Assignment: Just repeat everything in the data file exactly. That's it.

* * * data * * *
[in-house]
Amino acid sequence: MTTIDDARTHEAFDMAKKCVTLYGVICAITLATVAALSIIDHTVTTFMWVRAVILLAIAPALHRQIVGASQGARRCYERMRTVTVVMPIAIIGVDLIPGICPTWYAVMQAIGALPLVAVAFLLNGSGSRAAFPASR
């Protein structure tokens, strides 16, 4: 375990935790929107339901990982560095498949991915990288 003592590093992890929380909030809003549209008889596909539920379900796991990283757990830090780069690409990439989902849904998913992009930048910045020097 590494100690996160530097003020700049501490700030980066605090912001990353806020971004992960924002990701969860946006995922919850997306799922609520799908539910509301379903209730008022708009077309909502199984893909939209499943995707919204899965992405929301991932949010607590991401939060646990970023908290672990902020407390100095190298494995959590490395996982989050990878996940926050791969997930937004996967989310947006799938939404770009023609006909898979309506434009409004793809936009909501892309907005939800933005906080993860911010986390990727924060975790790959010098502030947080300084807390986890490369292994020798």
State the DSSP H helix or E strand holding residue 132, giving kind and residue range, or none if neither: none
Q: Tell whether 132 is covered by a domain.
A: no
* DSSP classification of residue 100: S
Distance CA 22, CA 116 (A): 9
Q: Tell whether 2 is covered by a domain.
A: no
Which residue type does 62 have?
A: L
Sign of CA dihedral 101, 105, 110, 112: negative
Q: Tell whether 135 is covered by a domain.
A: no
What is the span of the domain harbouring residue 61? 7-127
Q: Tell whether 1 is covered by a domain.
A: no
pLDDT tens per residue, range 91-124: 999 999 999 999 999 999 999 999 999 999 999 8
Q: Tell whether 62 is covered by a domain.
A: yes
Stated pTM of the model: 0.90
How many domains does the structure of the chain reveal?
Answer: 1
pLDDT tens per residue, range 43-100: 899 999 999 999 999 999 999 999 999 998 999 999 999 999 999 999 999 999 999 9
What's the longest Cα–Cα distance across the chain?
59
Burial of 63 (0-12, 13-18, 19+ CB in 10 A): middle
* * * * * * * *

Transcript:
[in-house]
Amino acid sequence: MTTIDDARTHEAFDMAKKCVTLYGVICAITLATVAALSIIDHTVTTFMWVRAVILLAIAPALHRQIVGASQGARRCYERMRTVTVVMPIAIIGVDLIPGICPTWYAVMQAIGALPLVAVAFLLNGSGSRAAFPASR
């Protein structure tokens, strides 16, 4: 375990935790929107339901990982560095498949991915990288 003592590093992890929380909030809003549209008889596909539920379900796991990283757990830090780069690409990439989902849904998913992009930048910045020097 590494100690996160530097003020700049501490700030980066605090912001990353806020971004992960924002990701969860946006995922919850997306799922609520799908539910509301379903209730008022708009077309909502199984893909939209499943995707919204899965992405929301991932949010607590991401939060646990970023908290672990902020407390100095190298494995959590490395996982989050990878996940926050791969997930937004996967989310947006799938939404770009023609006909898979309506434009409004793809936009909501892309907005939800933005906080993860911010986390990727924060975790790959010098502030947080300084807390986890490369292994020798």
State the DSSP H helix or E strand holding residue 132, giving kind and residue range, or none if neither: none
Q: Tell whether 132 is covered by a domain.
A: no
* DSSP classification of residue 100: S
Distance CA 22, CA 116 (A): 9
Q: Tell whether 2 is covered by a domain.
A: no
Which residue type does 62 have?
A: L
Sign of CA dihedral 101, 105, 110, 112: negative
Q: Tell whether 135 is covered by a domain.
A: no
What is the span of the domain harbouring residue 61? 7-127
Q: Tell whether 1 is covered by a domain.
A: no
pLDDT tens per residue, range 91-124: 999 999 999 999 999 999 999 999 999 999 999 8
Q: Tell whether 62 is covered by a domain.
A: yes
Stated pTM of the model: 0.90
How many domains does the structure of the chain reveal?
Answer: 1
pLDDT tens per residue, range 43-100: 899 999 999 999 999 999 999 999 999 998 999 999 999 999 999 999 999 999 999 9
What's the longest Cα–Cα distance across the chain?
59
Burial of 63 (0-12, 13-18, 19+ CB in 10 A): middle